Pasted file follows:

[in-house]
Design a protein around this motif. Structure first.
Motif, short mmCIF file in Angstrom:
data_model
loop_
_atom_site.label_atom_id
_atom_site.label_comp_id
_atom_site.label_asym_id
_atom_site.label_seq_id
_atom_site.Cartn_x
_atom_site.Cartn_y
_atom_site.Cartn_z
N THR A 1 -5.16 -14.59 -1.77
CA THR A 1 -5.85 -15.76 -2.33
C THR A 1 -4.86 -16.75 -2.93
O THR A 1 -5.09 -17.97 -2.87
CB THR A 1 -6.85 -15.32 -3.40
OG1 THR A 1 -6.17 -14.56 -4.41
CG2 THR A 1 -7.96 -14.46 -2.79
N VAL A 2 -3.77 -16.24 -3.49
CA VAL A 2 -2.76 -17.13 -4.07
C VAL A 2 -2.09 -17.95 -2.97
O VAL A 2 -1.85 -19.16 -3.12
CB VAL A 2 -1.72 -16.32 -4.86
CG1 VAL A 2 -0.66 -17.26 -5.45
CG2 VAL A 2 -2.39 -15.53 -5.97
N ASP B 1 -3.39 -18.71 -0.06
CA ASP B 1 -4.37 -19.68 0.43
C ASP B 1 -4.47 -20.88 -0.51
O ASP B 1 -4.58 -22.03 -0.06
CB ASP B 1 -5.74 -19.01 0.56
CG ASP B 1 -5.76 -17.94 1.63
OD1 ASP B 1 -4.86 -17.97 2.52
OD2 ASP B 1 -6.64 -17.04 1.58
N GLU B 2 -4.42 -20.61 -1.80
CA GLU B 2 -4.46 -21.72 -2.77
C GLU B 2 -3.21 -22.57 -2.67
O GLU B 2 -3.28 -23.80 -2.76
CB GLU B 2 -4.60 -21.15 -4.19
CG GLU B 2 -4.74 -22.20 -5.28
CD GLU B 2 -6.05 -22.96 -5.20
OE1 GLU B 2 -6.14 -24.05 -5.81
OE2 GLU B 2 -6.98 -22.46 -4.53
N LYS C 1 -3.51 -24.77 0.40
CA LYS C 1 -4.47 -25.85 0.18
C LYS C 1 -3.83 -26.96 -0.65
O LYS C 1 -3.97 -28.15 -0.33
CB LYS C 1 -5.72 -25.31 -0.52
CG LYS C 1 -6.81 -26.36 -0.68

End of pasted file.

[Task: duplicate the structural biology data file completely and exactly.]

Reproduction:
[in-house]
Design a protein around this motif. Structure first.
Motif, short mmCIF file in Angstrom:
data_model
loop_
_atom_site.label_atom_id
_atom_site.label_comp_id
_atom_site.label_asym_id
_atom_site.label_seq_id
_atom_site.Cartn_x
_atom_site.Cartn_y
_atom_site.Cartn_z
N THR A 1 -5.16 -14.59 -1.77
CA THR A 1 -5.85 -15.76 -2.33
C THR A 1 -4.86 -16.75 -2.93
O THR A 1 -5.09 -17.97 -2.87
CB THR A 1 -6.85 -15.32 -3.40
OG1 THR A 1 -6.17 -14.56 -4.41
CG2 THR A 1 -7.96 -14.46 -2.79
N VAL A 2 -3.77 -16.24 -3.49
CA VAL A 2 -2.76 -17.13 -4.07
C VAL A 2 -2.09 -17.95 -2.97
O VAL A 2 -1.85 -19.16 -3.12
CB VAL A 2 -1.72 -16.32 -4.86
CG1 VAL A 2 -0.66 -17.26 -5.45
CG2 VAL A 2 -2.39 -15.53 -5.97
N ASP B 1 -3.39 -18.71 -0.06
CA ASP B 1 -4.37 -19.68 0.43
C ASP B 1 -4.47 -20.88 -0.51
O ASP B 1 -4.58 -22.03 -0.06
CB ASP B 1 -5.74 -19.01 0.56
CG ASP B 1 -5.76 -17.94 1.63
OD1 ASP B 1 -4.86 -17.97 2.52
OD2 ASP B 1 -6.64 -17.04 1.58
N GLU B 2 -4.42 -20.61 -1.80
CA GLU B 2 -4.46 -21.72 -2.77
C GLU B 2 -3.21 -22.57 -2.67
O GLU B 2 -3.28 -23.80 -2.76
CB GLU B 2 -4.60 -21.15 -4.19
CG GLU B 2 -4.74 -22.20 -5.28
CD GLU B 2 -6.05 -22.96 -5.20
OE1 GLU B 2 -6.14 -24.05 -5.81
OE2 GLU B 2 -6.98 -22.46 -4.53
N LYS C 1 -3.51 -24.77 0.40
CA LYS C 1 -4.47 -25.85 0.18
C LYS C 1 -3.83 -26.96 -0.65
O LYS C 1 -3.97 -28.15 -0.33
CB LYS C 1 -5.72 -25.31 -0.52
CG LYS C 1 -6.81 -26.36 -0.68